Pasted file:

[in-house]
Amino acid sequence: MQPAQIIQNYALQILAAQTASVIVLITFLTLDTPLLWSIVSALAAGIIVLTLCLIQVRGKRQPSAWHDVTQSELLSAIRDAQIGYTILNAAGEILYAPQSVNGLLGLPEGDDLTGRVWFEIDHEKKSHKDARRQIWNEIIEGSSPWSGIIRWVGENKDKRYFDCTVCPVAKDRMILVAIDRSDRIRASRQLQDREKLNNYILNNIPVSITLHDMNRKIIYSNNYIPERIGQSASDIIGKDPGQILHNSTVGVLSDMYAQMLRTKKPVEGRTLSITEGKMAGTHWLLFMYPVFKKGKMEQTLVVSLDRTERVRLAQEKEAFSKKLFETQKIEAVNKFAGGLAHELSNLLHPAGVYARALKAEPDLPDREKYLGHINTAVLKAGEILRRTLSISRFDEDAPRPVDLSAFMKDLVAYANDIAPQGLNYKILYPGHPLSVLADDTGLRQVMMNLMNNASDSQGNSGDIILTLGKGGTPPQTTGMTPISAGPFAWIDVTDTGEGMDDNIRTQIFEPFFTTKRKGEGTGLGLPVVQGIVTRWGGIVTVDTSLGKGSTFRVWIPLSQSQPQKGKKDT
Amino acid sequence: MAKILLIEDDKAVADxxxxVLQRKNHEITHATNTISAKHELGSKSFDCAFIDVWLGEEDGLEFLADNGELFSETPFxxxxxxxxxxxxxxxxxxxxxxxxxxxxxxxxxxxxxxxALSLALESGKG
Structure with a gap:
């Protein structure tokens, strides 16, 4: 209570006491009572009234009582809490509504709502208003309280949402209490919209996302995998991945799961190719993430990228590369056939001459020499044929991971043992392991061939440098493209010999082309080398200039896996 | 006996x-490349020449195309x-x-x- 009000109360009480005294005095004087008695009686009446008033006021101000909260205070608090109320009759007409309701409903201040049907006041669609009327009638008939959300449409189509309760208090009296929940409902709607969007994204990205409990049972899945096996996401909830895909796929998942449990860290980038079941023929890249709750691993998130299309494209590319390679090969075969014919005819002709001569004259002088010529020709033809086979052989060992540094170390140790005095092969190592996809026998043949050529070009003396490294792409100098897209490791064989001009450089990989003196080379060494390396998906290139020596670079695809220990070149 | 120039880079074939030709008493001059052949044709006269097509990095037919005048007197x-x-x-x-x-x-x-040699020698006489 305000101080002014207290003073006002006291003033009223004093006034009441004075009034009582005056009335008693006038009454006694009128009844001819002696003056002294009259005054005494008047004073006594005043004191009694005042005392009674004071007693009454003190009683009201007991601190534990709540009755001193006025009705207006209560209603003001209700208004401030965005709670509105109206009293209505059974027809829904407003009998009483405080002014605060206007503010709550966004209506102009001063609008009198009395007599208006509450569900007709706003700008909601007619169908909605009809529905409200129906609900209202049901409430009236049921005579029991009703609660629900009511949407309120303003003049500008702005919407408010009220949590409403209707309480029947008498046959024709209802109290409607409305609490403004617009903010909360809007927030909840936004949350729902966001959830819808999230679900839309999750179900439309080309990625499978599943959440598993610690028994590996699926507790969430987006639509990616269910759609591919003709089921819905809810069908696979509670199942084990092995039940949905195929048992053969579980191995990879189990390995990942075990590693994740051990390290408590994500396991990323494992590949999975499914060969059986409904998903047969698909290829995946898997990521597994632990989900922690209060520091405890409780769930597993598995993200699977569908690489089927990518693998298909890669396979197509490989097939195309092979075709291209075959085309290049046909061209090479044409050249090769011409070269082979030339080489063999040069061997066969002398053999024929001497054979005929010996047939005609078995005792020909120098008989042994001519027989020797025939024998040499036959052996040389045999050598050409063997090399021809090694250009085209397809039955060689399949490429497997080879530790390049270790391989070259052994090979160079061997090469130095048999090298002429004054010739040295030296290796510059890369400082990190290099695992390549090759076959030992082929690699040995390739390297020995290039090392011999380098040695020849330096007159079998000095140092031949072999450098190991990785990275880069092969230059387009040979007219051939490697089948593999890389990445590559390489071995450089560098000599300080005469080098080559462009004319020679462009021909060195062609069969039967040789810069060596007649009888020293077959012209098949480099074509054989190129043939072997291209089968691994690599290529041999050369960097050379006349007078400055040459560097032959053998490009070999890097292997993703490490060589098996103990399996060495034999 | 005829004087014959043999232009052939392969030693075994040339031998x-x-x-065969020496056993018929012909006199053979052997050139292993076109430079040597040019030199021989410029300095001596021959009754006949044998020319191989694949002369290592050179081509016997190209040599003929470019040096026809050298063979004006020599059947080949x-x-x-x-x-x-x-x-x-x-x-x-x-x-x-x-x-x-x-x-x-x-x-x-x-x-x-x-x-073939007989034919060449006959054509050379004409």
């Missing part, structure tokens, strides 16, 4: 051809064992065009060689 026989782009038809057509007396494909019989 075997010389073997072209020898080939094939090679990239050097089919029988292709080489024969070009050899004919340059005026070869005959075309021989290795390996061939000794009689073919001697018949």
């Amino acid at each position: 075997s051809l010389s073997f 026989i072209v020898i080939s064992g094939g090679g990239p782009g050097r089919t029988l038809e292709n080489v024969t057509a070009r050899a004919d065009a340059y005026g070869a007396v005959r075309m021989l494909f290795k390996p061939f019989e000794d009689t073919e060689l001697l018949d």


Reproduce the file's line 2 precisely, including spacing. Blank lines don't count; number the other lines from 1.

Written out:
Amino acid sequence: MQPAQIIQNYALQILAAQTASVIVLITFLTLDTPLLWSIVSALAAGIIVLTLCLIQVRGKRQPSAWHDVTQSELLSAIRDAQIGYTILNAAGEILYAPQSVNGLLGLPEGDDLTGRVWFEIDHEKKSHKDARRQIWNEIIEGSSPWSGIIRWVGENKDKRYFDCTVCPVAKDRMILVAIDRSDRIRASRQLQDREKLNNYILNNIPVSITLHDMNRKIIYSNNYIPERIGQSASDIIGKDPGQILHNSTVGVLSDMYAQMLRTKKPVEGRTLSITEGKMAGTHWLLFMYPVFKKGKMEQTLVVSLDRTERVRLAQEKEAFSKKLFETQKIEAVNKFAGGLAHELSNLLHPAGVYARALKAEPDLPDREKYLGHINTAVLKAGEILRRTLSISRFDEDAPRPVDLSAFMKDLVAYANDIAPQGLNYKILYPGHPLSVLADDTGLRQVMMNLMNNASDSQGNSGDIILTLGKGGTPPQTTGMTPISAGPFAWIDVTDTGEGMDDNIRTQIFEPFFTTKRKGEGTGLGLPVVQGIVTRWGGIVTVDTSLGKGSTFRVWIPLSQSQPQKGKKDT